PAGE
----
Inspired by Rahaf Mohammed, sisters Dua and Dalal fled their family while in Turkey. They've been trying to obtain asylum for months now, all while hiding from Saudi intelligence. (The Saudi consulate in Istanbul is of course where Jamal Kashoggi was killed, so the threat is very real.) The women report being beaten and abused by their family, who tried to marry them off to older men. That Dua is gay caused even more problems. Despite help from a British human rights lawyer and a Saudi activist, they remain at risk.
UAW workers on strike. 46,000 workers at the nation’s largest auto manufacturer walked out after negotiations collapsed Sunday. CNN Live updates. Workers pour out of GM plant in Rochester. (Twitter) Working People Podcast interviews people on the massive layoffs and cutbacks that lead to the strike conditions and the need for international solidarity 1, 2, 3, 4 (Patreon) Grocery workers ready to walk in 3 states . Oregon University Workers set to cast strike vote. Kaiser healthcare workers plan for nation's largest strike since 1997. How To Support The Global Climate Strike Sept 20-27th. [more inside]
The two marquee college sports - football and men's basketball - see major revenues created on the labor of a significant population of black athletes - revenue that then goes to colleges that are predominantly white. Jemele Hill, writing in The Atlantic, argues that black athletes should be making the decision to play for historically black colleges and universities, bringing that money and exposure back to the black community. (SLAtlantic) [more inside]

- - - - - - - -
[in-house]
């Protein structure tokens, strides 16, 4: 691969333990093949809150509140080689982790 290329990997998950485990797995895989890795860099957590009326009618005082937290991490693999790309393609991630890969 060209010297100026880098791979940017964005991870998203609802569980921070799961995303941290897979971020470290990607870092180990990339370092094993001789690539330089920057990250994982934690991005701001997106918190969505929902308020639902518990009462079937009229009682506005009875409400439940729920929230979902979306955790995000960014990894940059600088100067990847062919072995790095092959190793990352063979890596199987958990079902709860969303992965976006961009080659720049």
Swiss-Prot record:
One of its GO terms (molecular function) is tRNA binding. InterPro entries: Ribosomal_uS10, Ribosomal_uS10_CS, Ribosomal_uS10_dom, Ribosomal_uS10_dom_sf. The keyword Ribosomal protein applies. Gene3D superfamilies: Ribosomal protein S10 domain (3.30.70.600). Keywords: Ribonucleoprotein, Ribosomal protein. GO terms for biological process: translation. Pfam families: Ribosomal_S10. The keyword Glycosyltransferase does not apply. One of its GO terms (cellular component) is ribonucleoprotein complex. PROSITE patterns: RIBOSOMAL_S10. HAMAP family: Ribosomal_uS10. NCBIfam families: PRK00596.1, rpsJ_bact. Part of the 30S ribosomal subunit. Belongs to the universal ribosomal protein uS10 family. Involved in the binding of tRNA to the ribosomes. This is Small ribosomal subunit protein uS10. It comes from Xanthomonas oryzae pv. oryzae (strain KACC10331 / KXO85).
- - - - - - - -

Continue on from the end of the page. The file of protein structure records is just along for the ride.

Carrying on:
In 1975, Gulf Oil held a series of seminars to educate the Nigerian public on the benefits of the crude Gulf was lifting from that nation’s Delta Region. For comic relief, out came Mr. Emmanuel Omatshola’s Magic Barrel, a magician who produced an endless bounty from a steel drum: gasoline, kerosene, insecticides, nylon socks, rubber shoes, lipstick & rouge, paint for houses, cellophane to wrap fish and meat.[more inside]
Australia's social website to track aggressive swooping magpies in your area. If you are a cyclist, walker, runner or maybe a concerned member of the public then help protect others and share swooping magpie attacks: Australia's Magpie Swooping Map 2019! [more inside]
The Georgia Film Tax Credit brings hundreds of productions—and billions of dollars—to the state each year. But this past spring, a new anti-abortion law (previously) inspired a number of protests, and major Hollywood studios threatened to move their filming elsewhere. Will a boycott happen? Would it have any political effect? And what would it mean for the people who live and work in Georgia? Can Hollywood Change Georgia? Or Has It Already? Max Blau writes for The Ringer, recapping how Georgia became the "3rd coast" for movie and TV production, Hollywood's apparent indifference to other instances of weakened or lacking laws in Georgia or elsewhere, and how pro-choice states are targeting Georgia’s $10 billion film business (Bloomberg; Newsmax mirror/ copy)
Tetris crossed with Threes in a browser game that is beautifully frustrating.
Eye of the tiger? Russian hay cart? Chicken chasing? Which one’s really going to get you ready to go a few rounds with the Italian Stallion?
Breaking Bad but they're synthesizing insulin: Walter White, a 40-year-old teacher with limited health insurance can't afford to pay for his diabetic son's insulin... (continues). Not a joke: Biohackers with diabetes are making their own insulin – it’s the Open Insulin Project, "a team of Bay Area biohackers working on newer, simpler, less expensive ways to make insulin", and "who believe that insulin should be freely available to anybody who needs it". [more inside]
The Fed is going to revamp how Americans pay for things. Big banks aren't happy. "America's central bank plans to build its own real-time payment system, much to the chagrin of big commercial banks. The news: The Federal Reserve has announced that it will create 'FedNow', a system that will allow real-time bank-to-bank payments, all day every day."[1,2,3,4] [more inside]